I have been working on a large scale EMC and VMware vSphere deployment project and was trying to fill in the gaps to bring operation efficiency on the table. Here I am working EMC VNX 5700 series hardware and VMware vSphere 5.0 based deployment. We have debated over again and again on the fact that how VMware vSphere is going to balance the Storage IO in the back end array. My answer is always use SIOC where ever possible (due to license restriction). But now when we are using EMC VNX and using FAST VP (Fully Automated Storage Tiering for Virtual Pools) why don’t we employ both of them and balance it fully in the Hypervisor layer as well as in the Storage backend layer too. So, here is my deal.
“Storage IO Control and EMC FAST VP always complements each other and we should use it where ever possible.“
So, now let us see how they get together and made our life easy.
Fully Automated Storage Tiering for Virtual Pools, or FAST VP, intelligently manages data placement at the sub-LUN level, thus increasing overall performance. When implemented on a storage system, FAST VP measures, analyzes, and implements a storage-tiering policy much faster and more efficiently than any user could.
Depending on the performance characteristics, FAST VP puts drives of varying performance levels and cost into storage pools. LUNs use the capacity from these pools as needed. FAST VP collects statistics based on I/O activity at 1 GiB slices. These statistics are then used to determine which slices will be promoted to a higher tier of storage.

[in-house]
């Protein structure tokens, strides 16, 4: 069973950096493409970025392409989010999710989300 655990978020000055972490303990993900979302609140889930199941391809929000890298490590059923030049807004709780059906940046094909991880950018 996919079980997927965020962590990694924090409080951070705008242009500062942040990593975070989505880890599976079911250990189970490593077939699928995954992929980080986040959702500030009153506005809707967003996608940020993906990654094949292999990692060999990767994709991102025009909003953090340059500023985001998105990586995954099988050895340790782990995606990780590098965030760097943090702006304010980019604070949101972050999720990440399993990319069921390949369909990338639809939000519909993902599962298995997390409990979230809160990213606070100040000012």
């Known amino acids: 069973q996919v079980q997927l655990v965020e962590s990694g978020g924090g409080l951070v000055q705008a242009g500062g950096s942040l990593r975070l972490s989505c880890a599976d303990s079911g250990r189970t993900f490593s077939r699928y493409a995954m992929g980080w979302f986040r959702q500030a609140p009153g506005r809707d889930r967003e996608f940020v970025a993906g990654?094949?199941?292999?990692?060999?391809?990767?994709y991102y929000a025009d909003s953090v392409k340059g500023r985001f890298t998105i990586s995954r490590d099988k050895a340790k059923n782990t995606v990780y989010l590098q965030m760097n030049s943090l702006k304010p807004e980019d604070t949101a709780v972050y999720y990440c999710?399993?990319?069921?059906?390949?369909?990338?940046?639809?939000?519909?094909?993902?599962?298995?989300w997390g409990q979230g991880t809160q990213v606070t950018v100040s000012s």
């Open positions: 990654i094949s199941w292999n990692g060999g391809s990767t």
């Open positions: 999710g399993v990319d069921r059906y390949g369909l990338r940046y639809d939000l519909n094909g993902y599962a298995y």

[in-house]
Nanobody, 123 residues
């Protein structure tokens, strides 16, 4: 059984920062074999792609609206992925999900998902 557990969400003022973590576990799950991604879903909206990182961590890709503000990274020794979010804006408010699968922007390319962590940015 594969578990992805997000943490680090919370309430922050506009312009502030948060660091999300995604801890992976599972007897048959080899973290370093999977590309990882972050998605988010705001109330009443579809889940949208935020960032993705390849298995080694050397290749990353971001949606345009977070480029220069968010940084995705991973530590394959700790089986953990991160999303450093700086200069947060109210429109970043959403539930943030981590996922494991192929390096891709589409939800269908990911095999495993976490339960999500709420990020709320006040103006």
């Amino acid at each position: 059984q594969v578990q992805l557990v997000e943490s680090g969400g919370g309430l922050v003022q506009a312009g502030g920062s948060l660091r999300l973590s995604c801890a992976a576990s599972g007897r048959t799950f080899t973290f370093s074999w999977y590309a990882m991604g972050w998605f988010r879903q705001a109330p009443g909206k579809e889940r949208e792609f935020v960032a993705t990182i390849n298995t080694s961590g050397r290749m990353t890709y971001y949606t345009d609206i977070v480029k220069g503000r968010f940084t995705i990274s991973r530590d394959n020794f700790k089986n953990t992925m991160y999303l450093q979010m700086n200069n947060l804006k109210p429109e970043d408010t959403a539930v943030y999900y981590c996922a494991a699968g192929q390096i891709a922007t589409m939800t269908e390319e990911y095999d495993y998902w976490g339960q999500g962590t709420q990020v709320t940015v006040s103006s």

At the users discretion, relocation of the data can be initiated – either manually or by an automated scheduler.
FAST VP is a licensed feature available on the VNX series supporting a unified approach to automatic tiering for both file and block data.
All data goes through a lifecycle and experiences varying levels of activity over that lifetime.
For example, when data is first created it is typically used heavily and as it ages data is accessed less often. FAST dynamically matches these data characteristics to the tier of disk drives best suited to the data access patterns.Disk drives are segregated into tiers based on the frequency of the data access.
Disk drives also offer varying degrees of performance and are placed in tiers accordingly. Flash or SSD drives perform the fastest level followed by SAS and NL-SAS respectively.
Data that requires a high response time and has a high rate of IOPs should be optimized by allowing FAST VP to migrate this data to these drives.
Ok, so now let us take a look how SIOC can be integrated with FAST VP and get benefited out of it.
FAST is supported with Storage I/O control (SIOC). SIOC is a technology on the VMware side that allows users to configure I/O shares at a datastore level, so that a critical VM receives the I/O throughput and response time when needed, without worrying that another VM on that same datastore won’t hinder the performance of a critical VM. One works at the VM level and the other works at the drive level – both complement each other.
For example, lets say you have two VMs, each running SQL, however one VM is critical and the other is not.
FAST will service the I/O from both SQL databases equally. However, you can designation these VMs as HIGH and LOW in SOIC and ensure the right performance is given to your VMs.
I think it’s probably a situation where we either need to look assign a response time value based upon the weakest link (NL-SAS). So if we expect the performance/response time for
EFD – 15ms
SAS – 30ms
NL-SAS – 30 – 50ms
The FAST VP Pool with NL-SAS would need to be set to 50.
Of course the does not help if all of the data resides on EFD and the LUN experiences contention.